I am creating a bash script to provision a new server that I can deploy a web application to. One thing I always have to do is as GitHub as a known host using ssh git@github.com. How can I automate this process in a bash script, and do it in an idempotent way?


The simple way to go would be to do something like this.

ssh-keyscan remote_server >>~/.ssh/known_hosts

If this box is brand new you might also need to create the ~/.ssh directory before you run ssh-keyscan.

Keep in mind that ssh-keyscan can take an arbitrary number of hostnames. It will get all the keys it can.

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    PS - For provisioning you should be using something like puppet instead of a bash script. For puppet this could be easily handled with the sshkey resource. Also see this question for a method to manage the known_hosts en-masse serverfault.com/a/416782/984 – Zoredache Dec 14 '13 at 0:40
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    That sure sounded good to me, but after spending a few hours apiece on puppet and competitors, I scurried back to bash scripts and sanity. If those tools are intuitive, I apparently have no intuition. YMMV. – Ron Burk Apr 8 '16 at 19:32
  • Use bash. I constantly run into issues across different versions of things like puppet or ansible. We always go back to bash... 3 companies running now like this and bash is always reliable for us. – Ligemer Sep 21 '16 at 23:05

Are you trying to automate accepting the new key? If so, you could use -oStrictHostKeyChecking=no.
Doing so is a very bad idea as you're now completely wide open to man-in-the-middle attacks.

A better option would be just to manage a known_hosts file and reuse that file when you provision new servers. Stick it on github and write a simple script to download that file before sshing into github.

The strict host key checking is a good thing.

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  • Can you elaborate on the "manage known_hosts file"? I think that's what I want to do, but when I viewed the file, it's contents looked like some sort of hash/key and didn't look like something that was intended to be managed manually. – Andrew Dec 5 '13 at 2:03
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    Provision a new server, manually ssh into github like you would. Accept the host key when prompted. Log out. Copy ~/.ssh/known_hosts from that newly provisioned server somewhere else (github, web server, doesn't matter as long as you can get it). Next time you provision a server, copy that file back before sshing to github. You don't need to edit the file. – yoonix Dec 5 '13 at 2:32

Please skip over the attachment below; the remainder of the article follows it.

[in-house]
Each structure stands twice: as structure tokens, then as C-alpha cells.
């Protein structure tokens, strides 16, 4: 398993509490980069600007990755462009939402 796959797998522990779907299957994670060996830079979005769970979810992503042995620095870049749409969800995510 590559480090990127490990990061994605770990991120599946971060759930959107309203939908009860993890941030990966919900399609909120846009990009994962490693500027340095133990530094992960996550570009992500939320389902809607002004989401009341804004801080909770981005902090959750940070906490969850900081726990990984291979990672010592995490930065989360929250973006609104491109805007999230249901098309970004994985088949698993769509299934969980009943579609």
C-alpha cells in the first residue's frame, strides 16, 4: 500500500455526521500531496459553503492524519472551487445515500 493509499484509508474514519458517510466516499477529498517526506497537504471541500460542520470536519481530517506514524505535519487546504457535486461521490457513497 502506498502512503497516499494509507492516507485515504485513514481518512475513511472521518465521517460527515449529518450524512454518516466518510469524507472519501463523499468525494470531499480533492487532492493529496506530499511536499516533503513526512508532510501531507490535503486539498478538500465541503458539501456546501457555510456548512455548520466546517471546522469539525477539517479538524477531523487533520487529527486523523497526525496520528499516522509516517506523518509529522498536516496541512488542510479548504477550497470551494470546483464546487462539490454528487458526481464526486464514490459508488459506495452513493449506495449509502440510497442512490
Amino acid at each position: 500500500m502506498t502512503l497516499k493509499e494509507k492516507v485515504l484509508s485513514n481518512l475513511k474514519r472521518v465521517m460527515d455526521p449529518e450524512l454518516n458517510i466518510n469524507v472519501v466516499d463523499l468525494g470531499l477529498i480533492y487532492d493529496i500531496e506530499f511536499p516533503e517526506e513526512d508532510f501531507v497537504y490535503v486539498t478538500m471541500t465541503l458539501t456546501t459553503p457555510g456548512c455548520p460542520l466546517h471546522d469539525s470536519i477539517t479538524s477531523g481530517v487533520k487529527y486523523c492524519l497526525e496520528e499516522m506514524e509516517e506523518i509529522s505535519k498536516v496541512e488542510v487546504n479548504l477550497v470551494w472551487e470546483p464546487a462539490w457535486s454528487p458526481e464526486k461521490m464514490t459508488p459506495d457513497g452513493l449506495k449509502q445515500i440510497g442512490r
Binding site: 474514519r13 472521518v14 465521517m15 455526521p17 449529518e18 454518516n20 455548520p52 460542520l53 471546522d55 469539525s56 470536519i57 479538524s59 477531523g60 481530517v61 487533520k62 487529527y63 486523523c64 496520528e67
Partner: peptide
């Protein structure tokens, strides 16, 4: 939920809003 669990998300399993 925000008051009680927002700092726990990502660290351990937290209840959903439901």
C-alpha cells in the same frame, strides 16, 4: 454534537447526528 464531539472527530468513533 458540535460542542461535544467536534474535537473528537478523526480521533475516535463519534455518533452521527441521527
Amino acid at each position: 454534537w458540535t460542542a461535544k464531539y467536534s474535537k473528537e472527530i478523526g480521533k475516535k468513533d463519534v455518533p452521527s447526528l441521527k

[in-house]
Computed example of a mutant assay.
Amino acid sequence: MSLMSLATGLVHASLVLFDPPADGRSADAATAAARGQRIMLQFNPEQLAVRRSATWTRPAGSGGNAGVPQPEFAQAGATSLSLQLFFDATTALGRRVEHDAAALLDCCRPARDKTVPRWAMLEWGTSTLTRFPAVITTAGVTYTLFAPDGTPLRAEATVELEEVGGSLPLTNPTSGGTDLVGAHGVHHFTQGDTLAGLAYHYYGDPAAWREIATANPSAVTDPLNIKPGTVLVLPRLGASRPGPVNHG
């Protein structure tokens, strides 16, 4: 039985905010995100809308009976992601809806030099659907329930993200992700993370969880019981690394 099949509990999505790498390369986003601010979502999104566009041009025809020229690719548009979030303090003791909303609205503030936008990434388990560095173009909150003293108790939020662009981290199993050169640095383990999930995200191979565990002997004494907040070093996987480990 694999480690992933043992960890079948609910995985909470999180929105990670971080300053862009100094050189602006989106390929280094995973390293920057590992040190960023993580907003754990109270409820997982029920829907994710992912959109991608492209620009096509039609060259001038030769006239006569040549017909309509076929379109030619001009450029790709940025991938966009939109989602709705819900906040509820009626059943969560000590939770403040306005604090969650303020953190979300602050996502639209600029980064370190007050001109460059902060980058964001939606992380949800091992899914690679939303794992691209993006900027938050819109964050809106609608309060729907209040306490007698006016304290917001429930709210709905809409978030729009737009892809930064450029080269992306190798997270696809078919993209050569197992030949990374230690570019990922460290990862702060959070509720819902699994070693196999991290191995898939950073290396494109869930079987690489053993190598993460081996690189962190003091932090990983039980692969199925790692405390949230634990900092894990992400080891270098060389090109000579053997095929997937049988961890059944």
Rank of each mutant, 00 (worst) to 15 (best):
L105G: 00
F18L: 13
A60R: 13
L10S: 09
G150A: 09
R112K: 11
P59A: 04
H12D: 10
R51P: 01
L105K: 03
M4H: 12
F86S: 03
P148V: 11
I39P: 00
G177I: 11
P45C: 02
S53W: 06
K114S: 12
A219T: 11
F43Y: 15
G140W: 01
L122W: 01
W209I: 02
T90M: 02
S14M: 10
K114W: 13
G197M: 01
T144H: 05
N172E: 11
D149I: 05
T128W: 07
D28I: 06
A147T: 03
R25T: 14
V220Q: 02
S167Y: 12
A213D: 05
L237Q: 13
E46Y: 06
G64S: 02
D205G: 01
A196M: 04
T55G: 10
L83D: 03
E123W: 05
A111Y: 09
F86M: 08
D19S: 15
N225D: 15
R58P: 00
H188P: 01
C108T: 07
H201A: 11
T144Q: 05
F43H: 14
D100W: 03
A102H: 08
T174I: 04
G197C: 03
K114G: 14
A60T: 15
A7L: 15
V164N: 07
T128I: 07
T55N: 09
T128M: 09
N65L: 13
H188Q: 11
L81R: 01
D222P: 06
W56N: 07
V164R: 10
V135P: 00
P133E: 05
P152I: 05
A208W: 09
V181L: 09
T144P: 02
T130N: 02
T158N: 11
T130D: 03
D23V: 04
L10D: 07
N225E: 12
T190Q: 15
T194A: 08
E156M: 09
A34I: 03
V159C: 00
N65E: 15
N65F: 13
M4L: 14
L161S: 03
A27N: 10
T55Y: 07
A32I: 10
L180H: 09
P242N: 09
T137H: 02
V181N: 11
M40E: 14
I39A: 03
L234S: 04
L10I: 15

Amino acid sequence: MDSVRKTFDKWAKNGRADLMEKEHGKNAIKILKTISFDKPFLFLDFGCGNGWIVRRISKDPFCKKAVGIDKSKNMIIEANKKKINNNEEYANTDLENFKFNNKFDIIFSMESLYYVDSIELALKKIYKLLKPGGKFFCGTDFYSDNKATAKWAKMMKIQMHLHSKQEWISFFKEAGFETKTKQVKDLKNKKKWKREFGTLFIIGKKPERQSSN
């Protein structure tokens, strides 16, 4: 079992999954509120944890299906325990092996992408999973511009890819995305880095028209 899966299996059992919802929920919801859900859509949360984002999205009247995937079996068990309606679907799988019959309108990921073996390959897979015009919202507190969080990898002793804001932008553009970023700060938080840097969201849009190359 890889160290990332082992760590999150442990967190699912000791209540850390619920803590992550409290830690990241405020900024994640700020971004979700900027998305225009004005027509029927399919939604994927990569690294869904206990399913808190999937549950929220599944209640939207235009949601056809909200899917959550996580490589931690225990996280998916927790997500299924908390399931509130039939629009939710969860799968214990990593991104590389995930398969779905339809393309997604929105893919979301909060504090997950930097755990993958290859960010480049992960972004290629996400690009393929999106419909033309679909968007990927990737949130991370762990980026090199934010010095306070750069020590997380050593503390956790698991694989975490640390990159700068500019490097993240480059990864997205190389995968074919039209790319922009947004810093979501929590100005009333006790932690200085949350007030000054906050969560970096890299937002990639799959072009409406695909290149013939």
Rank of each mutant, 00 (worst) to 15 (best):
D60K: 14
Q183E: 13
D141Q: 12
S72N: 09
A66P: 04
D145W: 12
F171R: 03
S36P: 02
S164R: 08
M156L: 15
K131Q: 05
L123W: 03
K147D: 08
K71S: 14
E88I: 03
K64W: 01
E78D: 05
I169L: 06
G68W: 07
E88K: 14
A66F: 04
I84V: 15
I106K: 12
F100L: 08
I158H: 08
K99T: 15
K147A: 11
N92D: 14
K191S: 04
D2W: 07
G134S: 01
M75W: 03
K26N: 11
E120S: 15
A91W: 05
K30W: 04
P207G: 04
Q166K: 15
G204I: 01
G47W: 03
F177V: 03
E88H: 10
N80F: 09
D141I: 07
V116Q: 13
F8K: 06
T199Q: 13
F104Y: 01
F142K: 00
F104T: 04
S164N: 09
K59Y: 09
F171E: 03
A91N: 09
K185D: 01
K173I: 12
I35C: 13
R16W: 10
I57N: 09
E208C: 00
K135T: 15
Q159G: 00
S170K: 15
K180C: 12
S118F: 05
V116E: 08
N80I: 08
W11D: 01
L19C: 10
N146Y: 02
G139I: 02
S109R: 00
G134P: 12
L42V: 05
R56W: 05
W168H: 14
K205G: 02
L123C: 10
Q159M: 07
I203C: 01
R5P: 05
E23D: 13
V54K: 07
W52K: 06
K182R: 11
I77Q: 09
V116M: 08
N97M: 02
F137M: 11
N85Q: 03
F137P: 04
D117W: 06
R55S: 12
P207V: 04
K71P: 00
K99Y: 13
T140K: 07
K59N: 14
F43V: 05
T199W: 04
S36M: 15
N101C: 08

• This is better than my answer (safer). A further improvement on yoonix's answer though is to parse 'ssh-keyscan github.com' and store the returned key into ~/.ssh/known_hosts that way it isn't static in a file somewhere for you to need to update. – Sirex Dec 5 '13 at 2:45
  • That would work too, but I wouldn't consider it better. You're potentially setting yourself up for a man-in-the-middle attack if you're grabbing a new host-key every time. – yoonix Dec 5 '13 at 3:05
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    To clarify my last comment (too late to edit): Grabbing a new host-key each time you provision a host is functionally no different than setting StrictHostKeyChecking=no. With either of them you're blindly trusting whatever key gets sent each time you provision. If you think a MITM attack to be unlikely, read these two articles. Github would be a HUGE target. – yoonix Dec 5 '13 at 3:16

I'm not sure i understand the question, but i think you want to ignore the known_host prompt or avoid it entirely, in which case:

ssh -o StrictHostKeyChecking=no

or other suggestions at: http://www.joedog.org/2012/07/ssh-disable-known_hosts-prompt/

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  • I want a non-interactive way of accepting the GitHub host key (since this will happen in a bash script). – Andrew Dec 5 '13 at 2:05
  • then this'll work - it won't accept the key though, it'll ignore it entirely. Yoonix's answer is better – Sirex Dec 5 '13 at 2:44

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